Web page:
Now here’s something that’s a little off the beaten path.
TagCrowd is a simple site that can take any text file, such as your resume, and create a “text cloud” image of it that visually displays the frequency of the words in the document. You’ve probably seen a few of these depictions on the Internet previously, on blogs and such, but you may not have known exactly what they were unless you’re a techie or diehard web junkie. And while I’m still not 100% sure how useful this site will actually be to some of you, in a job search sense, it’s still a lot of fun to try!
You can read a more detailed description of how TagCrowd works by clicking here — which includes the breakdown, as follows, of the various creative potential uses of text cloud analysis:
— as topic summaries for speeches and written works
— as blog tool or website analysis for search engine optimization (SEO)
— for visual analysis of survey data
— as brand clouds that let companies see how they are perceived by the world
— for data mining a text corpus
— for helping writers and students reflect on their work
— as name tags for conferences, cocktail parties or wherever new collaborations start
— as resumes in a single glance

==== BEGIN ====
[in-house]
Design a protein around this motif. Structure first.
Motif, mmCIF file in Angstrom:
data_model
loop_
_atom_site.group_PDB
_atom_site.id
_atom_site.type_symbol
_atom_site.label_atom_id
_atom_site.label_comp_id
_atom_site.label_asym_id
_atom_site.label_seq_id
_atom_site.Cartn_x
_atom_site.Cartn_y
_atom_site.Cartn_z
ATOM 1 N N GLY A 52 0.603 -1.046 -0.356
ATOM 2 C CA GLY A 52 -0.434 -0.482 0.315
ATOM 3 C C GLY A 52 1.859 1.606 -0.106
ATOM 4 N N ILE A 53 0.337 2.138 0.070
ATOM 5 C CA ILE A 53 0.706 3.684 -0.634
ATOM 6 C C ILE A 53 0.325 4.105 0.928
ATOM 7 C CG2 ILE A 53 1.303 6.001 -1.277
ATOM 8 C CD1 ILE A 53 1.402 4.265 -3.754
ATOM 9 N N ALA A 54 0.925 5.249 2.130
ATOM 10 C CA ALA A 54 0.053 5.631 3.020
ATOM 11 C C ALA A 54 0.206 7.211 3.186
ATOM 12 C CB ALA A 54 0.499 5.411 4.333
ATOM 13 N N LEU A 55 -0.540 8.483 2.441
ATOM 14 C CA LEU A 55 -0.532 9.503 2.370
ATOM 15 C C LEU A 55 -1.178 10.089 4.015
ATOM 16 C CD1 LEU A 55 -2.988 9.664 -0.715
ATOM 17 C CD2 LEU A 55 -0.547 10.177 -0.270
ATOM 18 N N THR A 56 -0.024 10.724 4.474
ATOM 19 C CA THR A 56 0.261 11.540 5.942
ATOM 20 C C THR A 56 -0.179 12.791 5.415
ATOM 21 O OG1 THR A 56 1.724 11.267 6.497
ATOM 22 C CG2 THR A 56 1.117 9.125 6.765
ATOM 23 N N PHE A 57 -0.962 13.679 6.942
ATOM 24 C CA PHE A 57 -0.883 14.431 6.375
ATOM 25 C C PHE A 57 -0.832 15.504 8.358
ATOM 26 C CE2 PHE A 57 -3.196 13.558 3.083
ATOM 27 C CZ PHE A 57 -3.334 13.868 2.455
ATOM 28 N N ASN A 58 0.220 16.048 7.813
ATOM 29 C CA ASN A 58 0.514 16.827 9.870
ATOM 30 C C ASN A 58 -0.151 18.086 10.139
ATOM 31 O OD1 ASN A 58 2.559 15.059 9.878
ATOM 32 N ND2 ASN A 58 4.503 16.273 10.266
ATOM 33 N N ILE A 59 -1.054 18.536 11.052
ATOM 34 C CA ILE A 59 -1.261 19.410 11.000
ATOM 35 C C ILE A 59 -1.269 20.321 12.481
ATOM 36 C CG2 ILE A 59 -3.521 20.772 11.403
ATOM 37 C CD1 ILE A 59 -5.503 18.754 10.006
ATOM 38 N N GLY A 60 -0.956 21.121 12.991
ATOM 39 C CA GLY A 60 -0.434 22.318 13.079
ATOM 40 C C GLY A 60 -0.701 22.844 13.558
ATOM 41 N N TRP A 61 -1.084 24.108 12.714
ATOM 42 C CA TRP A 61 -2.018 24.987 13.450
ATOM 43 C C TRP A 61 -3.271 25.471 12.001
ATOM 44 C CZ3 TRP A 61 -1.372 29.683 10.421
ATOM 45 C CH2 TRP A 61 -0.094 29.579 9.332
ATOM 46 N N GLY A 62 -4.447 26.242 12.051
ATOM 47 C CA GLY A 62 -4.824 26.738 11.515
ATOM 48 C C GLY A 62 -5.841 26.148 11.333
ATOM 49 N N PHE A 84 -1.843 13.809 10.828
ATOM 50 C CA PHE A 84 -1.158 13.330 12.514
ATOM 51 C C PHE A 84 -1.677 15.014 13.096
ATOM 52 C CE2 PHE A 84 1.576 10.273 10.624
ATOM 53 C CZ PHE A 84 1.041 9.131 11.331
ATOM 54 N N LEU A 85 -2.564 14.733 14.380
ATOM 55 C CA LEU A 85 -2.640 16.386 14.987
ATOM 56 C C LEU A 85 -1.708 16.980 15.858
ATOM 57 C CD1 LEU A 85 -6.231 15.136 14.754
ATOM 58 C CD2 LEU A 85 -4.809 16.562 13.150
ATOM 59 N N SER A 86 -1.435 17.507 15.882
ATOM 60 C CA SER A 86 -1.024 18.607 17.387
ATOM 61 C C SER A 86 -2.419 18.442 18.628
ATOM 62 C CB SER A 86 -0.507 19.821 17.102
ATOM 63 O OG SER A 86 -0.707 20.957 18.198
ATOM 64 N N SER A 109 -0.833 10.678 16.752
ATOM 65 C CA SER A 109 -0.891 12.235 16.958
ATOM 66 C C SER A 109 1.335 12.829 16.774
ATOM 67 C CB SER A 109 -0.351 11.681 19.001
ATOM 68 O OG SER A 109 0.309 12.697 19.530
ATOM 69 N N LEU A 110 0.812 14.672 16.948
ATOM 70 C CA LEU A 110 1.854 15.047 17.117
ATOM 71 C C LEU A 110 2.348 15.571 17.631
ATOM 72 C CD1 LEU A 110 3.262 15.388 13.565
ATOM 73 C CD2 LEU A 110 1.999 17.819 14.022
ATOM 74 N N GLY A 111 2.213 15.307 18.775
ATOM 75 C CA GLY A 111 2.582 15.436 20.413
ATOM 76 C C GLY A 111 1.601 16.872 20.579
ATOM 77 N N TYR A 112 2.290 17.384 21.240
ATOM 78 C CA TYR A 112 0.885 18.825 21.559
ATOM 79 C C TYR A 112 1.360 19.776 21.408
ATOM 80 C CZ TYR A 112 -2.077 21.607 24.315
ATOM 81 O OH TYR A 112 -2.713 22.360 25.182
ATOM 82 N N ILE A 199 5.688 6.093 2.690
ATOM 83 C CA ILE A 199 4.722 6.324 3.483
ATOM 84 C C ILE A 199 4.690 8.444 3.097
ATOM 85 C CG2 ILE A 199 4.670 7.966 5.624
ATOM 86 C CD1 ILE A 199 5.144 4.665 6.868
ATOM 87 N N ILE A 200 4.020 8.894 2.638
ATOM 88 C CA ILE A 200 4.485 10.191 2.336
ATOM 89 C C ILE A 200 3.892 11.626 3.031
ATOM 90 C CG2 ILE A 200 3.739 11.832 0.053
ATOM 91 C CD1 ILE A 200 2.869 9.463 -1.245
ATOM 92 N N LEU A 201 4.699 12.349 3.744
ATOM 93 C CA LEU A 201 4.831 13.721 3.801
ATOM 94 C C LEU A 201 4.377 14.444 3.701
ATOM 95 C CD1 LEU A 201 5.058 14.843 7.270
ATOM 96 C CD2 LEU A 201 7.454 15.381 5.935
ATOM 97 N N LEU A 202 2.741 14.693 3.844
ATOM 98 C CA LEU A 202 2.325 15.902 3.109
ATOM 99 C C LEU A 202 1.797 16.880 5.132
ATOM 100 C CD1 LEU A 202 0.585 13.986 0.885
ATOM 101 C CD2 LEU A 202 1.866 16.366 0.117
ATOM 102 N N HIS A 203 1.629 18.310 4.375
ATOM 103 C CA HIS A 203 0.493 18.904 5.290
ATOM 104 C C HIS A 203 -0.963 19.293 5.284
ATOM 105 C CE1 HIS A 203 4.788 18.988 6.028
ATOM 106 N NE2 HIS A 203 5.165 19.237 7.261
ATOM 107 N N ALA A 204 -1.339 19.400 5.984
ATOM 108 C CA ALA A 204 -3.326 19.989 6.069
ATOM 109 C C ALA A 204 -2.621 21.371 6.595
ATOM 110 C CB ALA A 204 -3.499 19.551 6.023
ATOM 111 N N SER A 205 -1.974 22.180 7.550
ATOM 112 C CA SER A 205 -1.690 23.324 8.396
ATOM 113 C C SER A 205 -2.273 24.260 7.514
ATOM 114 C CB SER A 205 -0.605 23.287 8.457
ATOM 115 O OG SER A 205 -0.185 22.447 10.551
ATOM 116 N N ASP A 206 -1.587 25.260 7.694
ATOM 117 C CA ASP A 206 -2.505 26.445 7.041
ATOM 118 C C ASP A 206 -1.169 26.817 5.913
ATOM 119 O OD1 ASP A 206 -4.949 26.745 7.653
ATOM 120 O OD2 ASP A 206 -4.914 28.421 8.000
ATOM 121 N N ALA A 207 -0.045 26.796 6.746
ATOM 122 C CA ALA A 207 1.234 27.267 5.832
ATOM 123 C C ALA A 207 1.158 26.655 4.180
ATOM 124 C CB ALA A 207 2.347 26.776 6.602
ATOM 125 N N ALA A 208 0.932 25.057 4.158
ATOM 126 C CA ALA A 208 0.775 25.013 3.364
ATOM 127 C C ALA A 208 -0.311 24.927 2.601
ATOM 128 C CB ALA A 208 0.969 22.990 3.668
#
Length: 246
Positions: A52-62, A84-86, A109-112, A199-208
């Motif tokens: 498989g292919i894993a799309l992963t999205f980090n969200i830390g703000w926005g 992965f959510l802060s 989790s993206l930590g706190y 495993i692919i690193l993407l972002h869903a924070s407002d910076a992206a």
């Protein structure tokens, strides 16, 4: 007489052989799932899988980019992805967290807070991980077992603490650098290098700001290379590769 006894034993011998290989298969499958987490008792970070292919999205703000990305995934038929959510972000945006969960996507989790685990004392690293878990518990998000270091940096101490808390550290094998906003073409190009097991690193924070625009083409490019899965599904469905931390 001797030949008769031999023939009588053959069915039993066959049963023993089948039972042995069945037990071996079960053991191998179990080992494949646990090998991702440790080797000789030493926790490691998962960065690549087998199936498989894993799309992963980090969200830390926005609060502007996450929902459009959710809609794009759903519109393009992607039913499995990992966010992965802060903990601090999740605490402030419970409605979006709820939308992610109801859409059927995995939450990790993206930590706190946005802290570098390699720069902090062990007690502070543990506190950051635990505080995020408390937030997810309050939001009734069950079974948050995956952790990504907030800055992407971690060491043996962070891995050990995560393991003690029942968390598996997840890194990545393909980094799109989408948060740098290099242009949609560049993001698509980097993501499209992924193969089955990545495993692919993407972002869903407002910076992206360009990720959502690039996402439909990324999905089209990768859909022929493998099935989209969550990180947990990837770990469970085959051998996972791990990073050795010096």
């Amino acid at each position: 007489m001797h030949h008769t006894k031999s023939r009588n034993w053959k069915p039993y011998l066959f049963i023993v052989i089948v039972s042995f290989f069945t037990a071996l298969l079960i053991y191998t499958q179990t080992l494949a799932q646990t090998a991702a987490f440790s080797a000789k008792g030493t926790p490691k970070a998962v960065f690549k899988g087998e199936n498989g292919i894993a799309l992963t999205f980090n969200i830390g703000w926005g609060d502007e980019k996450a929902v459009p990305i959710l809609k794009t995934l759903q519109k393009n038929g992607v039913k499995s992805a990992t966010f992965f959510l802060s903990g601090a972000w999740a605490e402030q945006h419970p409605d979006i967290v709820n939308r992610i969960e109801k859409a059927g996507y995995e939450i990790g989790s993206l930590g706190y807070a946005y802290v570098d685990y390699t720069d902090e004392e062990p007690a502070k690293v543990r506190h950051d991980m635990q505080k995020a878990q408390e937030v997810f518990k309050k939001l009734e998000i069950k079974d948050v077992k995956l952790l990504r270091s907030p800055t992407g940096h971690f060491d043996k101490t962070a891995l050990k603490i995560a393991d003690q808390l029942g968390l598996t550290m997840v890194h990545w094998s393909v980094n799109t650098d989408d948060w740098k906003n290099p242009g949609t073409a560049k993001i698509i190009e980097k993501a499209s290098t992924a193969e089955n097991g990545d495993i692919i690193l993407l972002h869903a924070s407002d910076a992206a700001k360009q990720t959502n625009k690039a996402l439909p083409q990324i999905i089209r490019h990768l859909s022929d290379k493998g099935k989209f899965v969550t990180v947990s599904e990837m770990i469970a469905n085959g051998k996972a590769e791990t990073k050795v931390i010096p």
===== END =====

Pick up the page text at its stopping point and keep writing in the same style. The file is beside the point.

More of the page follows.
— as visual poetry
It’s the second-to-last application mentioned that caught my eye, and that I’d encourage all of you to try. Simply open your resume in Microsoft Word, copy all of the text in the document, then paste it into the big box on the TagCrowd main page. Hit the “visualize” button and voila, the next thing you know you’ll see a box that pops out the most common terms on your resume. Make sure, though, that you use the copy and paste method versus the option of “uploading” the file, since this process won’t work with Microsoft Word files directly unless you first convert your document to a text-only format.
What’s the point of all this? Besides just the curiosity factor, some of you might benefit (especially visual learners) by being able to see which words really are being emphasized the most throughout your materials — and if you’re really avant garde, who knows? Maybe you can copy the visualization box and paste it into the corner of your resume itself, to show off your Internet chops, or print it on the back of your business card as a conversation starter!